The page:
Three death-row inmates were hanged Thursday, in Tokyo, Nagoya and Osaka, the first executions carried out under the new Liberal Democratic Party-led government.

According to the Justice Ministry, the three were Kaoru Kobayashi, 44, who kidnapped and killed a 7-year-old girl; Masahiro Kanagawa, 29, who went on a stabbing spree in Ibaraki Prefecture; and Keiki Kano, 62, who robbed and killed a bar owner.

Kobayashi, a repeat sex offender, was executed in Osaka for the murder of a 7-year-old girl he abducted while she was on her way home from school in Nara Prefecture in November 2004. He molested her before drowning her in his bathtub. After attempting to have sex with the body, he mutilated it by pulling out 10 of the girl’s teeth. The newspaper deliveryman also threatened the girl’s parents, claiming he would come after the girl’s younger sister and emailing a photo of their daughter’s corpse.

Kobayashi’s death sentence in 2006 was rare considering there was only one murder victim. But the Nara District Court ruled there were no extenuating circumstances to consider.

Kanagawa was hanged at the Tokyo Detention House for going on a stabbing spree outside a shopping mall in Tsuchiura, killing one and wounding seven in March 2008. He was also found guilty of a separate murder a few days before. After the arrest, he was quoted as saying that he “wanted to kill many people to be sentenced to death” and that it didn’t matter who they were.

Kano, formerly known as Keiki Muto, was hanged in Nagoya for the robbery-murder of a 61-year-old bar owner, whom he strangled and took ¥8,000 from in 2002. His original sentence of life imprisonment was later reversed and he was sentenced to death.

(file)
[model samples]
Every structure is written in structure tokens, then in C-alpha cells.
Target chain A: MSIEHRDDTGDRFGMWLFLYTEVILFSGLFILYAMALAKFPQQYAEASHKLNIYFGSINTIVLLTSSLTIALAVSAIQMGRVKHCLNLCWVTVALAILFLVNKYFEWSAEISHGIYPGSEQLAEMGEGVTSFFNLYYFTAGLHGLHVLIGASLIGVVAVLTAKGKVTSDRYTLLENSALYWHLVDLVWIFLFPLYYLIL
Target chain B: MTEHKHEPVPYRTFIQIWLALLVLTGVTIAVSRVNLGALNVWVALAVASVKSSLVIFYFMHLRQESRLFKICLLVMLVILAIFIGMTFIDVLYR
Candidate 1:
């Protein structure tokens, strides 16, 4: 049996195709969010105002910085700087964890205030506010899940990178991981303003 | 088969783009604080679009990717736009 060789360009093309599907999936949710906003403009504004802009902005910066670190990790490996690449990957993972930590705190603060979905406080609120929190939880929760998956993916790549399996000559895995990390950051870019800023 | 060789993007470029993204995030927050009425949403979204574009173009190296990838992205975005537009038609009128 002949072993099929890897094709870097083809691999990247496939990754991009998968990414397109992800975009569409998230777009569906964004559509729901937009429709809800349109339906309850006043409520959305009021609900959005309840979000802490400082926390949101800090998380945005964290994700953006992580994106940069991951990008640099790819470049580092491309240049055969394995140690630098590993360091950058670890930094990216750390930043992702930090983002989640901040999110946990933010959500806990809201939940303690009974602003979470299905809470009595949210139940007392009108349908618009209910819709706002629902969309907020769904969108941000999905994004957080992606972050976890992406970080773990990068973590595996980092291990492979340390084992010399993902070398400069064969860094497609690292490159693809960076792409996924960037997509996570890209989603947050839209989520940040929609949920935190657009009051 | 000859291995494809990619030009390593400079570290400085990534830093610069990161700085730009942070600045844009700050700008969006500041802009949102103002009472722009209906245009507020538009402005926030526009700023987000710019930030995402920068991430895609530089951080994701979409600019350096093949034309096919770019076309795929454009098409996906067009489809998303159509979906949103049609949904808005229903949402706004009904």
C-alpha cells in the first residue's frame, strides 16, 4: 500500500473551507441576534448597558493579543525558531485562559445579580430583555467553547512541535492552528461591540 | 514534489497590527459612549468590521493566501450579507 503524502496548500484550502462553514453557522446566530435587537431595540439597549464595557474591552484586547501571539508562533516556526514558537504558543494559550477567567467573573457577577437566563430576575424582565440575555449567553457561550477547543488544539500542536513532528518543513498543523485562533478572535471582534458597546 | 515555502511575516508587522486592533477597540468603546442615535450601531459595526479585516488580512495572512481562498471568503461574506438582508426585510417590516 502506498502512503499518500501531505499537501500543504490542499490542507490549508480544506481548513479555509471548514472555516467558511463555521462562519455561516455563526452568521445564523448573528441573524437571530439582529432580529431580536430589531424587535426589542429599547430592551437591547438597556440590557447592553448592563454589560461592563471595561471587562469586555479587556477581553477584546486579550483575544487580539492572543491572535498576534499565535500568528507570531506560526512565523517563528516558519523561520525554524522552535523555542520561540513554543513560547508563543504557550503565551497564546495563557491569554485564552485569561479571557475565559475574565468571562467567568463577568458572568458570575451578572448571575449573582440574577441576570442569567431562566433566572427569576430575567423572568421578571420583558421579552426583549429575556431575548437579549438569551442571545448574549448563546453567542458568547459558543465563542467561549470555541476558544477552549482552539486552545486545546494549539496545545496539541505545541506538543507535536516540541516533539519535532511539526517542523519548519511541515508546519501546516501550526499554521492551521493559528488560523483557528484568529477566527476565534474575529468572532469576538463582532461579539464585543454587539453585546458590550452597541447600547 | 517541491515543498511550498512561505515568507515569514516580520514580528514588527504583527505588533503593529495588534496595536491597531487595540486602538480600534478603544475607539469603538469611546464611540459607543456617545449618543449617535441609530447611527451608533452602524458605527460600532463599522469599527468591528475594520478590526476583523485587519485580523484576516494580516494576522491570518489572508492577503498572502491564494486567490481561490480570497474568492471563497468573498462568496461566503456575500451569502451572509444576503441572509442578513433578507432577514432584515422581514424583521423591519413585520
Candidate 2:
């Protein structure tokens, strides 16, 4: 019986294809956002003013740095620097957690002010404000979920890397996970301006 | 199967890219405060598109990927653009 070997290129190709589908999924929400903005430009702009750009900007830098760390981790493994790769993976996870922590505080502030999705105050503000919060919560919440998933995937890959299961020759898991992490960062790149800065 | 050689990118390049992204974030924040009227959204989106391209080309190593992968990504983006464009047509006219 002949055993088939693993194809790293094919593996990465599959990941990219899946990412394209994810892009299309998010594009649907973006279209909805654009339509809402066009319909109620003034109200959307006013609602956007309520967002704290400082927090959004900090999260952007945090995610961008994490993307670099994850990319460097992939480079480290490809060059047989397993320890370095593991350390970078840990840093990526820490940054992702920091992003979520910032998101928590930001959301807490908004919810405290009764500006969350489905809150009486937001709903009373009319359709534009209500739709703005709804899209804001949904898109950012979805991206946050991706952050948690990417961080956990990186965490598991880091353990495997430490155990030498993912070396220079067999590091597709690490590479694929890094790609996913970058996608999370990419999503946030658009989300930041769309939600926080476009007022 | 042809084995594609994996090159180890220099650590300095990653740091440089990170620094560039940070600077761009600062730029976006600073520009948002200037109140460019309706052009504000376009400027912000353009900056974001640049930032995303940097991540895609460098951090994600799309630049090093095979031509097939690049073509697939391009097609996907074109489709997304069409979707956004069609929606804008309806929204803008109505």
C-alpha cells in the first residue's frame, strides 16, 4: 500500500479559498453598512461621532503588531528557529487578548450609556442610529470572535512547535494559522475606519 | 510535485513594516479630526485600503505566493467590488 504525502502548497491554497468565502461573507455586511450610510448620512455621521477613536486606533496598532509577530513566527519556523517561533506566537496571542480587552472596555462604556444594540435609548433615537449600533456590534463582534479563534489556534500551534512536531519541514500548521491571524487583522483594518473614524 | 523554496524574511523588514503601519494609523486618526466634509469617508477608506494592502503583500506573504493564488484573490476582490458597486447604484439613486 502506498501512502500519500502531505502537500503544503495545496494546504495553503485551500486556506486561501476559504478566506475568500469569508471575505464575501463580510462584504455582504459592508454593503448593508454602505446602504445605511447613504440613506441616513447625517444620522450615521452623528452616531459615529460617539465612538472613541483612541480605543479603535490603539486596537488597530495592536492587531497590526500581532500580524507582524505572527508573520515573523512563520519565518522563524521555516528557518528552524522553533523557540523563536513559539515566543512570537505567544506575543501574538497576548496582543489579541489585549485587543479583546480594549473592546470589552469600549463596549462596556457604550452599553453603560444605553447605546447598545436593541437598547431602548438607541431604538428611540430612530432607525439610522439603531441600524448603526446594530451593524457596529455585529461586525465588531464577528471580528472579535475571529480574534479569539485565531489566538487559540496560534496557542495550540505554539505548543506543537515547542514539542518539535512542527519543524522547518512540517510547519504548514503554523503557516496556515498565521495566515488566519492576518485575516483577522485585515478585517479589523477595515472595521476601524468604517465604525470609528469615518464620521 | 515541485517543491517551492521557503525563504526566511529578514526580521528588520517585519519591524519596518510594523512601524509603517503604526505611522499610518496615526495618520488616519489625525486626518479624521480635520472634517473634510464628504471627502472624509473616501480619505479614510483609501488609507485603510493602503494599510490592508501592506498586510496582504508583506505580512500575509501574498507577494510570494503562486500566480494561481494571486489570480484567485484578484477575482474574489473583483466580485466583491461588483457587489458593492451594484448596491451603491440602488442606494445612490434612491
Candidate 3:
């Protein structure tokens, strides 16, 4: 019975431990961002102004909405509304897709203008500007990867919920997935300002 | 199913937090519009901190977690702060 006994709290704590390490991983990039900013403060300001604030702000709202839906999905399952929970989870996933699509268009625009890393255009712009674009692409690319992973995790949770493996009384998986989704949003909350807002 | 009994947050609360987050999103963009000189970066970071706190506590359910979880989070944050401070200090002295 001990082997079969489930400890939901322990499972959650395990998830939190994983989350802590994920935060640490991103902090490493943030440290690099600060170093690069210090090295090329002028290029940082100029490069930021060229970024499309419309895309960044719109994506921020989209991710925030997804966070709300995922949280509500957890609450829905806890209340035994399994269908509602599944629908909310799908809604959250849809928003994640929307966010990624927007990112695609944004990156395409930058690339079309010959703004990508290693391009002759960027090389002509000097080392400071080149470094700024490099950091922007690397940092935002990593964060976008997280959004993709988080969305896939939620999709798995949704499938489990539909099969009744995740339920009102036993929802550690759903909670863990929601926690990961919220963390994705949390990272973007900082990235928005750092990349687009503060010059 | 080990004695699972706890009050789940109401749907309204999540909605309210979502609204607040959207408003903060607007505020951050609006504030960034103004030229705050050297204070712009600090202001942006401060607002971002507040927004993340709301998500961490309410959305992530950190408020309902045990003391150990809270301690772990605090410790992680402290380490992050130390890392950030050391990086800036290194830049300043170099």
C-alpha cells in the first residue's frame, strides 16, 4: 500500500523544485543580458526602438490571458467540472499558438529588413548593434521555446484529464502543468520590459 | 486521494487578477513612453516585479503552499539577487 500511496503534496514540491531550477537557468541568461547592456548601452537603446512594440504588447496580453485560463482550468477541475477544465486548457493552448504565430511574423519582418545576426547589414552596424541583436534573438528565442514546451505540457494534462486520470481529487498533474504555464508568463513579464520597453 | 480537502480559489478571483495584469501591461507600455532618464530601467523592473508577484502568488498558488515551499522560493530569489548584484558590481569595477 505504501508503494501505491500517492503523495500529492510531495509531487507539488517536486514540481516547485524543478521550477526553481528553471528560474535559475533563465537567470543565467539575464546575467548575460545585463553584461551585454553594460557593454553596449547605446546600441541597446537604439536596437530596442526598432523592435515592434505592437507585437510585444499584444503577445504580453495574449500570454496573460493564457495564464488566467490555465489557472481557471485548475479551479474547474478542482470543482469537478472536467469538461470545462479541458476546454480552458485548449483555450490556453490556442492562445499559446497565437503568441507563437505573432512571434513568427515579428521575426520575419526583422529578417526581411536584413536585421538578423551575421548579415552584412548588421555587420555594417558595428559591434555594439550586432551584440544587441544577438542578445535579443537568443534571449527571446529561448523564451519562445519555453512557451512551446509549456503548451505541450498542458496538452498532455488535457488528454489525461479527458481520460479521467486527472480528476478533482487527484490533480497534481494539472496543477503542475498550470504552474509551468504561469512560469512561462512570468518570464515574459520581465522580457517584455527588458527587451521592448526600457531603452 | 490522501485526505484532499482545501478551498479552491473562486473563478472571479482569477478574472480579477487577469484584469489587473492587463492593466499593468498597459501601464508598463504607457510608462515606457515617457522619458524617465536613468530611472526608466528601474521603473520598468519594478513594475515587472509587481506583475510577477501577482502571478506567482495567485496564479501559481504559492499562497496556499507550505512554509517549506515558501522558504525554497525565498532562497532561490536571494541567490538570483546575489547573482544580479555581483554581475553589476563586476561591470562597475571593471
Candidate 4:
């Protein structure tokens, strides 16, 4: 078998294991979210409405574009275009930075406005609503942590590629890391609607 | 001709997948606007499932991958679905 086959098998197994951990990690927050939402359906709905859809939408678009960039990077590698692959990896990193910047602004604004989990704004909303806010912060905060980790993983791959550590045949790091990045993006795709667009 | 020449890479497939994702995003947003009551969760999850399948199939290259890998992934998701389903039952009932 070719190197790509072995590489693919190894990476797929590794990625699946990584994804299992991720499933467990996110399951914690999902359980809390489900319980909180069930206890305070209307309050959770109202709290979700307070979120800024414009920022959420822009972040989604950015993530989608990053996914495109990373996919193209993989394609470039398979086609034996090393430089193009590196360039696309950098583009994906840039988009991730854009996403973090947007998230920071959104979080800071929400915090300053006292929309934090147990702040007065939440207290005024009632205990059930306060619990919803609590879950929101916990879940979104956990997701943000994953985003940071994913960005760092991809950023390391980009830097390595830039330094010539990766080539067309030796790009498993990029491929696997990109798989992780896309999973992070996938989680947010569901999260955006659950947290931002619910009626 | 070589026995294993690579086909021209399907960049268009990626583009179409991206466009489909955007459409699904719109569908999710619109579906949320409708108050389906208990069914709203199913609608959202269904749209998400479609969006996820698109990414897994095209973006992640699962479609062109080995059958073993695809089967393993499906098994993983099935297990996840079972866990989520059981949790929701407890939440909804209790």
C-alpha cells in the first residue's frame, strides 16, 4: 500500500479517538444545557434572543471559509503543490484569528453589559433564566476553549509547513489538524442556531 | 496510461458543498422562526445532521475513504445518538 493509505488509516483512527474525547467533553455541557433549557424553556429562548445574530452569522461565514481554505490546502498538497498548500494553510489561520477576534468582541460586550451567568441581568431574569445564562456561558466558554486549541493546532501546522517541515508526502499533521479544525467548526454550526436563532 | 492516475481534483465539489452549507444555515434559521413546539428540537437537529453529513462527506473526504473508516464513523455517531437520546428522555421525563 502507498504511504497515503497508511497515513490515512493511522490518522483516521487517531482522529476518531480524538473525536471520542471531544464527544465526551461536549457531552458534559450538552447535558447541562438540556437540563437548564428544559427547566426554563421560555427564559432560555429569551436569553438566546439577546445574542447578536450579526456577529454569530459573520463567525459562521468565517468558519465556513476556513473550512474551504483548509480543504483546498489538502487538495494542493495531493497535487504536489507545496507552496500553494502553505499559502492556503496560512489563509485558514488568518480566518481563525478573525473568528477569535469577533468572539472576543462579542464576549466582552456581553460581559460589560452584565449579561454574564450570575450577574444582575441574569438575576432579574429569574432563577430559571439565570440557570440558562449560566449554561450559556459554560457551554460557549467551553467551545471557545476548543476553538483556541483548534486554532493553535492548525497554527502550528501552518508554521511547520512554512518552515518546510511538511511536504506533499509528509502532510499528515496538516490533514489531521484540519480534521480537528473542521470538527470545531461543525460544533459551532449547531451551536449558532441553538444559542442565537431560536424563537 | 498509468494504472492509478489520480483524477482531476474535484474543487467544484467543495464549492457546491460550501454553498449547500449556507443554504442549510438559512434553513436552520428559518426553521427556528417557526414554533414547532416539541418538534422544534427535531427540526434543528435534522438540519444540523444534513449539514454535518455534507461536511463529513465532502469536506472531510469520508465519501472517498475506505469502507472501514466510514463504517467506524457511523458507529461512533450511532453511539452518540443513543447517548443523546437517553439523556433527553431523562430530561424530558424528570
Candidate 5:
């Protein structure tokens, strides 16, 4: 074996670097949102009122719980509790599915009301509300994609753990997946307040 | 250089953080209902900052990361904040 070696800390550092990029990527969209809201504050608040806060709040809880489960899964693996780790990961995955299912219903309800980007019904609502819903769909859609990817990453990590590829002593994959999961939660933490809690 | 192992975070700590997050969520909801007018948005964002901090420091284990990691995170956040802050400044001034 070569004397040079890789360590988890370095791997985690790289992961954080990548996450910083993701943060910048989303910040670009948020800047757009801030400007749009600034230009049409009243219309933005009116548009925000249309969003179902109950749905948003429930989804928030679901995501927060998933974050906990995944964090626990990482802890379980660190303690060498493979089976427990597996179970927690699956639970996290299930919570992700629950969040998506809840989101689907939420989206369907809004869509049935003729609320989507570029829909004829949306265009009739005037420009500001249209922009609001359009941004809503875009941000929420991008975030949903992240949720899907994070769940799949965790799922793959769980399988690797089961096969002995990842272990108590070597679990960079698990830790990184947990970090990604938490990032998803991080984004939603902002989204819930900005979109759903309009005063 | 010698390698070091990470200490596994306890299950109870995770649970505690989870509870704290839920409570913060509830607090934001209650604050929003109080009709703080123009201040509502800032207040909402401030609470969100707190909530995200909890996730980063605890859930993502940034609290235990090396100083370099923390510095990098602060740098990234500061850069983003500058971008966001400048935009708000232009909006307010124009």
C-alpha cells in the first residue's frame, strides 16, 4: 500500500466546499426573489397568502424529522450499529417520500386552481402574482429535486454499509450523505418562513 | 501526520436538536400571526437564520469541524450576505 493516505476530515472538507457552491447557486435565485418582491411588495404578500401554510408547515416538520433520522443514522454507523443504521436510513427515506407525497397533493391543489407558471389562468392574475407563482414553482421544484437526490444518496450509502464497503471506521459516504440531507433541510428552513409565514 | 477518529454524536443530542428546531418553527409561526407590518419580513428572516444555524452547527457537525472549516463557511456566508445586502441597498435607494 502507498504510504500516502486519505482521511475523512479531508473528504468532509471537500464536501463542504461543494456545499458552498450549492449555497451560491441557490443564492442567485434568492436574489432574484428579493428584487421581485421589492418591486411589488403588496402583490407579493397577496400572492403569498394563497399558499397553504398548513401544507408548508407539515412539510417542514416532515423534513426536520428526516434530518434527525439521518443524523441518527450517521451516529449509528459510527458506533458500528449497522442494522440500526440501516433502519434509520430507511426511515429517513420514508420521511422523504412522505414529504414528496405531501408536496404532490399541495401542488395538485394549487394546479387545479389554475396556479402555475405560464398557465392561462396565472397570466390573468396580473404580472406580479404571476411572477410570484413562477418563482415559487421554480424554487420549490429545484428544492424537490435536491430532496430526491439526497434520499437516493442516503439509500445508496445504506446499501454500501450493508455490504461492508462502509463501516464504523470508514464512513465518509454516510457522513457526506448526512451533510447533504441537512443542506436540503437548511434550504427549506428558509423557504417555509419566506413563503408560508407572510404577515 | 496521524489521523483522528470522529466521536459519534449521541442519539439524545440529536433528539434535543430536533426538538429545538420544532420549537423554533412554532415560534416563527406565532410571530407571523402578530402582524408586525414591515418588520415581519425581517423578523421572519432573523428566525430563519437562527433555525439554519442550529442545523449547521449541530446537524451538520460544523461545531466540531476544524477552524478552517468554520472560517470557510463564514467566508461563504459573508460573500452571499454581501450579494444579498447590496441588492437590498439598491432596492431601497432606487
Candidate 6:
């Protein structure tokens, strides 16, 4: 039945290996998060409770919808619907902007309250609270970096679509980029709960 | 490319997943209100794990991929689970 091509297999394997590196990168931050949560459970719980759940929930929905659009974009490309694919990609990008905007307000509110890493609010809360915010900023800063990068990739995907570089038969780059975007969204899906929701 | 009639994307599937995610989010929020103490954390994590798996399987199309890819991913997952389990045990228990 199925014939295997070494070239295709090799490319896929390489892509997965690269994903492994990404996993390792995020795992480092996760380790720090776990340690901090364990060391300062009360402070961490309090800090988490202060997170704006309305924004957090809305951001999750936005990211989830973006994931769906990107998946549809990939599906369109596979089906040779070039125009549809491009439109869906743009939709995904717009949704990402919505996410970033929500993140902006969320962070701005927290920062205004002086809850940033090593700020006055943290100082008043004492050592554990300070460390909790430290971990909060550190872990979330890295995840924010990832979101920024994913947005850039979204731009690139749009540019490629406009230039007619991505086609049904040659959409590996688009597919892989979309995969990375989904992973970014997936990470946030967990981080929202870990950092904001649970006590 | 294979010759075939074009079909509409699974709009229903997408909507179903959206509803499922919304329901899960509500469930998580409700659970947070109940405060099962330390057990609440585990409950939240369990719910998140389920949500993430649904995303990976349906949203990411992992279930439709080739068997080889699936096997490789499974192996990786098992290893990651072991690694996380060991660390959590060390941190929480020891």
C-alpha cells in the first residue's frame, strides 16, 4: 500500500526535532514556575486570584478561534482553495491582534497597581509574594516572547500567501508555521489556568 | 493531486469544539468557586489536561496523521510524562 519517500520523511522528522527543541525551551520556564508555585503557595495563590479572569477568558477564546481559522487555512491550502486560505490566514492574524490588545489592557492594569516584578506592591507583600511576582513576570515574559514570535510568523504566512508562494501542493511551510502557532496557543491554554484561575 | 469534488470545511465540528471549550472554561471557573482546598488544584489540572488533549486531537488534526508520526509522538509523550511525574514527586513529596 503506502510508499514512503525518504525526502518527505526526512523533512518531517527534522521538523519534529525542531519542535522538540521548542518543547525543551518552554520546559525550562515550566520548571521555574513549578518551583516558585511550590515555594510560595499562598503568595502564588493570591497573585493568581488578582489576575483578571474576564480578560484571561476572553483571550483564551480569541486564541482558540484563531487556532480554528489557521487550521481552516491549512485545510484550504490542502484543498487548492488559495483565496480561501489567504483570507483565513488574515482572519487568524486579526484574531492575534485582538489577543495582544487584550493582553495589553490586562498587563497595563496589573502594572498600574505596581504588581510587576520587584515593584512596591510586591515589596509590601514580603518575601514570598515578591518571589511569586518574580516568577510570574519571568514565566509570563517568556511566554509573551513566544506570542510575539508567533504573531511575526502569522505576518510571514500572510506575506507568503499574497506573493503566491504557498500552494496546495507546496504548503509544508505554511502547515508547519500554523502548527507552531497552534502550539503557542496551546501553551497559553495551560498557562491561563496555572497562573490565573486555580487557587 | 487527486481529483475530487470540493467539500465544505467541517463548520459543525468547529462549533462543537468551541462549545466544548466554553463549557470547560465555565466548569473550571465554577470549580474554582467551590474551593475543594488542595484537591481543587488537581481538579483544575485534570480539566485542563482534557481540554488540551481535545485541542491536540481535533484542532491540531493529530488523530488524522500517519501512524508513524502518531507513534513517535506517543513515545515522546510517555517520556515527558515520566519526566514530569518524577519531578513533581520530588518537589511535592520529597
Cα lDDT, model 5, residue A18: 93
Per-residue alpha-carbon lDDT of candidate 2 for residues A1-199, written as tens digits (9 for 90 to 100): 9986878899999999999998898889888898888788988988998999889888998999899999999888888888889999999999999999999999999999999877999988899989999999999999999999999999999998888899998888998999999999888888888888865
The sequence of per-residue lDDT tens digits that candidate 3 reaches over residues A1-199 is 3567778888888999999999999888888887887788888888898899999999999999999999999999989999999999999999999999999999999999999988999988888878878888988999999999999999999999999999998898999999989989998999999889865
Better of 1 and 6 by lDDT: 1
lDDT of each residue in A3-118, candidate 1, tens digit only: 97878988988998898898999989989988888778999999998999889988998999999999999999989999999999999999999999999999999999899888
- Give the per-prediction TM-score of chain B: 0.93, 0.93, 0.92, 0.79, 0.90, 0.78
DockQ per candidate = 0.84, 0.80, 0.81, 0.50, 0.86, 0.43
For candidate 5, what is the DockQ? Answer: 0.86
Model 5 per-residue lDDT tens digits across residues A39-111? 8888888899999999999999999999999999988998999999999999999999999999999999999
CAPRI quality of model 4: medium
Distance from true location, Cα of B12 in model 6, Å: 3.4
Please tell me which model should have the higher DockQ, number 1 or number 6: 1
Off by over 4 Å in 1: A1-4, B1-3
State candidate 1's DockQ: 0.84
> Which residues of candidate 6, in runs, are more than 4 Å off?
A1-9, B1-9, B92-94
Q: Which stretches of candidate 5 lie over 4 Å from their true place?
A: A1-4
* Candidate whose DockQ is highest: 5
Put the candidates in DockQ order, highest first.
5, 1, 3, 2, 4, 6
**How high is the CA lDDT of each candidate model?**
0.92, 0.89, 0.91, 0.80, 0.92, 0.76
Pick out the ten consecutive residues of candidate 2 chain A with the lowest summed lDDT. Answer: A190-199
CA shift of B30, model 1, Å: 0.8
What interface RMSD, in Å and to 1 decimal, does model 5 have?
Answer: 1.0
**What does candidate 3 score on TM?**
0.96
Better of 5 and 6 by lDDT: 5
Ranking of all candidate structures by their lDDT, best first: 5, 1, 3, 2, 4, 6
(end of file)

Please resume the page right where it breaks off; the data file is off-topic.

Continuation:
“All of these cases were extremely brutal — the precious lives of the victims were robbed for very selfish reasons,” Justice Minister Sadakazu Tanigaki said at a hastily arranged news conference following the executions Thursday morning. “Naturally, the courts ultimately handed down death sentences for the cases after thorough consideration. I decided to order the executions after carefully going over all of the various aspects.”

Even as much of the world turns away from the death penalty, Tanigaki made clear he has no intention for now of reviewing the system. He insisted any debate over capital punishment should be based on Japan’s “domestic situation,” including public sentiment and maintaining public order, rather than movements beyond Japan’s borders.

“I am aware that there have been various debates over the death penalty, whether people are for or against it. But our nation has maintained this system from the viewpoint of deterrence, and the sentiment of the victims’ families,” Tanigaki said. “If there are problems, we must make improvements.”

Before the trio were executed, there were 137 people on death row, an all-time high.

According to Amnesty International Japan, 140 nations have abolished capital punishment by law or in practice. Japan and the United States are the only two Group of Eight member states to keep the system. However, Hideki Wakabayashi, the executive director of AIJ, noted that U.S. states in general are moving toward either abolishing the death penalty or calling a moratorium on it.

“Japan is the only country that is in total isolation with no discussions on the death penalty moving forward. . . . (Thursday’s executions) ignore the international trend toward abolishing the death penalty. Japan needs to balance diplomacy as well as human rights issues as a responsible member of the international community,” Wakabayashi told The Japan Times.

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